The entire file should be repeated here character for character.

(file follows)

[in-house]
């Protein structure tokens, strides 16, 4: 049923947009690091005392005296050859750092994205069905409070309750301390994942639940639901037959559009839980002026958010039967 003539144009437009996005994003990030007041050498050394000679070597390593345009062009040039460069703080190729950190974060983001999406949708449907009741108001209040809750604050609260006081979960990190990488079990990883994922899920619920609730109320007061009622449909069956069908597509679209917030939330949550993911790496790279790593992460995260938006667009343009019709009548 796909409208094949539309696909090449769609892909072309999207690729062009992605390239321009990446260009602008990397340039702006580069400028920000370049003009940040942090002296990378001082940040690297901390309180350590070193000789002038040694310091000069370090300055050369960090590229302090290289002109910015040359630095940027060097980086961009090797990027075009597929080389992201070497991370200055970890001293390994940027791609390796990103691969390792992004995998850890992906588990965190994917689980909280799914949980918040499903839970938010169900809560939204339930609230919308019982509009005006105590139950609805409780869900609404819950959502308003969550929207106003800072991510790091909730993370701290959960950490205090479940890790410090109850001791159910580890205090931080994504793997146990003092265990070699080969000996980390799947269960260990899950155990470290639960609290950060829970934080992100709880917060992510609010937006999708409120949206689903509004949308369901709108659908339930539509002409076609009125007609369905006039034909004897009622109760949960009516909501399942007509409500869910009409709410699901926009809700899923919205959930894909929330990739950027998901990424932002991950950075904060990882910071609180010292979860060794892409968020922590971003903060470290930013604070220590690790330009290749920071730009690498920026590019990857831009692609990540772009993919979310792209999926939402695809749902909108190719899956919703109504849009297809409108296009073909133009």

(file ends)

[in-house]
């Protein structure tokens, strides 16, 4: 049923947009690091005392005296050859750092994205069905409070309750301390994942639940639901037959559009839980002026958010039967 003539144009437009996005994003990030007041050498050394000679070597390593345009062009040039460069703080190729950190974060983001999406949708449907009741108001209040809750604050609260006081979960990190990488079990990883994922899920619920609730109320007061009622449909069956069908597509679209917030939330949550993911790496790279790593992460995260938006667009343009019709009548 796909409208094949539309696909090449769609892909072309999207690729062009992605390239321009990446260009602008990397340039702006580069400028920000370049003009940040942090002296990378001082940040690297901390309180350590070193000789002038040694310091000069370090300055050369960090590229302090290289002109910015040359630095940027060097980086961009090797990027075009597929080389992201070497991370200055970890001293390994940027791609390796990103691969390792992004995998850890992906588990965190994917689980909280799914949980918040499903839970938010169900809560939204339930609230919308019982509009005006105590139950609805409780869900609404819950959502308003969550929207106003800072991510790091909730993370701290959960950490205090479940890790410090109850001791159910580890205090931080994504793997146990003092265990070699080969000996980390799947269960260990899950155990470290639960609290950060829970934080992100709880917060992510609010937006999708409120949206689903509004949308369901709108659908339930539509002409076609009125007609369905006039034909004897009622109760949960009516909501399942007509409500869910009409709410699901926009809700899923919205959930894909929330990739950027998901990424932002991950950075904060990882910071609180010292979860060794892409968020922590971003903060470290930013604070220590690790330009290749920071730009690498920026590019990857831009692609990540772009993919979310792209999926939402695809749902909108190719899956919703109504849009297809409108296009073909133009």